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Jerusalem (AFP) Dec 13, 2012
Israel's High Court ordered the military on Thursday to reconsider the route of a portion of its security barrier, which was to pass through the West Bank village of Battir, an environmental NGO said.
"The High Court this afternoon... ordered the military to present an alternative plan within 90 days," the Friends of the Earth Middle East (FoEME) group said.
"We are convinced that, due to the unique nature of the area under discussion, there is a need for the security officials to reconsider, in particular as regards the nature of the barrier and security arrangements of the problematic areas," the group quoted the court decision as saying.
The route of Israel's barrier in the West Bank has been challenged on multiple occasions, but the court decision comes after an unusual coalition jointly contested the portion due to pass through Battir.
FoEME, along with residents of the village and the Israeli Nature and Parks Authority, argued that that the planned route would damage a network of ancient terraces in Battir, calling on the court to force a reroute.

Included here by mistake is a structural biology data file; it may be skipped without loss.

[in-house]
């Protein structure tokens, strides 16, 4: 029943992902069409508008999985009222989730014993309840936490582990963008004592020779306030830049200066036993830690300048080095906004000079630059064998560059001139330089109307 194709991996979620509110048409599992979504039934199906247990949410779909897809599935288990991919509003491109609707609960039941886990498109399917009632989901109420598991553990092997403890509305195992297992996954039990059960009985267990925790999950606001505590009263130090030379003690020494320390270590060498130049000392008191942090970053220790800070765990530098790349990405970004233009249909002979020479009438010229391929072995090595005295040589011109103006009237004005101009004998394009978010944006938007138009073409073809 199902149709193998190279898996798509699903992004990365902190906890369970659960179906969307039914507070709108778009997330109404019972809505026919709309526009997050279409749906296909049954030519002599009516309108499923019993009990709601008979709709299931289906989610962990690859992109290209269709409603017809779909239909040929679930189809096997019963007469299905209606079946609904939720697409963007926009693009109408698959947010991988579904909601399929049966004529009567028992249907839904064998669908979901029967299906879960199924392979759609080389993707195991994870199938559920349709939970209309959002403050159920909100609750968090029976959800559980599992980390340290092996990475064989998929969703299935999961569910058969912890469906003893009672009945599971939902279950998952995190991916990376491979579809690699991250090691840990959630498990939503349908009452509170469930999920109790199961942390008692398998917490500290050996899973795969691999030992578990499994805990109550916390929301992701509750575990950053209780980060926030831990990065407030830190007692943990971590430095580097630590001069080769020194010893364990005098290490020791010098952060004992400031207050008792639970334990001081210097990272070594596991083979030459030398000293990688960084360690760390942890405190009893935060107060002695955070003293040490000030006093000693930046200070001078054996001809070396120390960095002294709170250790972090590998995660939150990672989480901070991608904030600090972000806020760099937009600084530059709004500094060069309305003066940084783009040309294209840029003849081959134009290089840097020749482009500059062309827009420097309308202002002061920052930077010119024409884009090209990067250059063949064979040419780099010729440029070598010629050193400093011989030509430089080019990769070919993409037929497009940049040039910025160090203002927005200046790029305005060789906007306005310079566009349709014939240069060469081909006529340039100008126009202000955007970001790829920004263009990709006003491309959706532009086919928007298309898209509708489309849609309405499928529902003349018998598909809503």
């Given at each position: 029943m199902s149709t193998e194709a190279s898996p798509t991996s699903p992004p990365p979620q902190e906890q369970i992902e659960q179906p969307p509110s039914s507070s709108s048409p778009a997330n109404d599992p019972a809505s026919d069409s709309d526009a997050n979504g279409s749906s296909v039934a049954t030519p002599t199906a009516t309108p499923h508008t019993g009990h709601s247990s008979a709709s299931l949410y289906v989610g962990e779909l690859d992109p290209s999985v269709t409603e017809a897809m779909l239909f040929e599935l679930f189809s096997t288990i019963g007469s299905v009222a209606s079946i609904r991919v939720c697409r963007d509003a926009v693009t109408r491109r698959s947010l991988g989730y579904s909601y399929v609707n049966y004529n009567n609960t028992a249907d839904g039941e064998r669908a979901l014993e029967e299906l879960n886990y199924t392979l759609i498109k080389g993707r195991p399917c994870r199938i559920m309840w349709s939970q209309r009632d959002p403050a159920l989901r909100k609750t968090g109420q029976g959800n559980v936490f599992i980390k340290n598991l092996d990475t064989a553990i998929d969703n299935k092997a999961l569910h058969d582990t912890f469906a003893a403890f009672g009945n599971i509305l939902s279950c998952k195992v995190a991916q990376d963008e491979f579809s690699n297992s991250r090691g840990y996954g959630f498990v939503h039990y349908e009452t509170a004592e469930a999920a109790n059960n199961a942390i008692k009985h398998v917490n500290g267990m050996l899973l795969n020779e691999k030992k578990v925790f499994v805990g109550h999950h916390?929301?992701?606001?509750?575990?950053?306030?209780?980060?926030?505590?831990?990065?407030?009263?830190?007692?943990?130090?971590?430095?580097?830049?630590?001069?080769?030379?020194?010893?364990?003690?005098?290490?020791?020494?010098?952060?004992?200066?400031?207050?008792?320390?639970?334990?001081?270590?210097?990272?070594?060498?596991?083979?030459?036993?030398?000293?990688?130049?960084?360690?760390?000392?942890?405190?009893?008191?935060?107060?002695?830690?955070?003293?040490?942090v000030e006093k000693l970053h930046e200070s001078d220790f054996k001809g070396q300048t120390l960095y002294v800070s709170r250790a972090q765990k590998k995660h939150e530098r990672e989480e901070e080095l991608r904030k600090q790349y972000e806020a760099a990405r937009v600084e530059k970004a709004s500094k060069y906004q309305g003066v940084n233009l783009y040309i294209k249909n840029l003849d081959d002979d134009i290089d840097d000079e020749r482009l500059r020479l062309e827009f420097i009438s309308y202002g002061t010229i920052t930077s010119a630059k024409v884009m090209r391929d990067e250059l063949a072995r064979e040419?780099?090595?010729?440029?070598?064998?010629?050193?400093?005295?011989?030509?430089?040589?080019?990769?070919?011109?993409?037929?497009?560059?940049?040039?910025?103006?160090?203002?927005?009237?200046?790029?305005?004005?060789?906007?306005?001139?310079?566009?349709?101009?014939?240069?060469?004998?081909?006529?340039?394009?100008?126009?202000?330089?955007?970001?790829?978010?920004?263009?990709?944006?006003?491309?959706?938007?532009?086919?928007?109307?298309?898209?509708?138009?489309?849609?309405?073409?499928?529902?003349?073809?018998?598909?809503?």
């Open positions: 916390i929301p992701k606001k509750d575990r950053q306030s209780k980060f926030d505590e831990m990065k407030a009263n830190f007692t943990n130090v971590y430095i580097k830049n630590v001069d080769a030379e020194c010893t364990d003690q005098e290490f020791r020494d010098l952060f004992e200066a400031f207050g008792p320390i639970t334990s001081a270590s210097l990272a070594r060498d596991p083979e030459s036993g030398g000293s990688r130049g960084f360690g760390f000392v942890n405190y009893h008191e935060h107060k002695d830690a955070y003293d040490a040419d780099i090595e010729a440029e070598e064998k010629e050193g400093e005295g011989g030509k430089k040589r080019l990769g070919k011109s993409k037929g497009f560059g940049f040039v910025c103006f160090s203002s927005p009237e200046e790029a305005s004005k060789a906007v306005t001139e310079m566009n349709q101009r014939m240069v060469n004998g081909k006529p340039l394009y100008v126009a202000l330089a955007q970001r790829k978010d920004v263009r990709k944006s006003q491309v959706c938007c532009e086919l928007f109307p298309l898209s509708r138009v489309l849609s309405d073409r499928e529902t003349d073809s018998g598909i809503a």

Battir, located west of Bethlehem, is famous for the terraces dating back thousands of years that the Palestinians hope will receive UNESCO World Heritage status next year.
Israel's defence ministry said the ruling referred to a 500 metre (yard) portion out of six kilometres (3.7 miles) of barrier in the Battir area.
"The defence establishment will reconsider these 500 metres in accordance with the high court decision and will present its stance to the court in due time," it said.
"The defence establishment once again emphasises the security necessity of this part of the fence," it continued. "This particular route has been designed for security purposes and to prevent the free entrance of terrorists into Jerusalem and the heart of Israel."
The ministry has argued that the route would not damage or affect the terraces, and urged the court to leave the plan intact.
FoEME's Israel director Gidon Bromberg said the group was "delighted" with the court decision.
"The military had failed to bring a single expert in the field of cultural and natural heritage to support their case, yet they constantly claimed that they were striking the right balance between the needs of security and heritage values," he said in a statement.
"We trust that this time the military will reconsider security options based on the advice of heritage experts."
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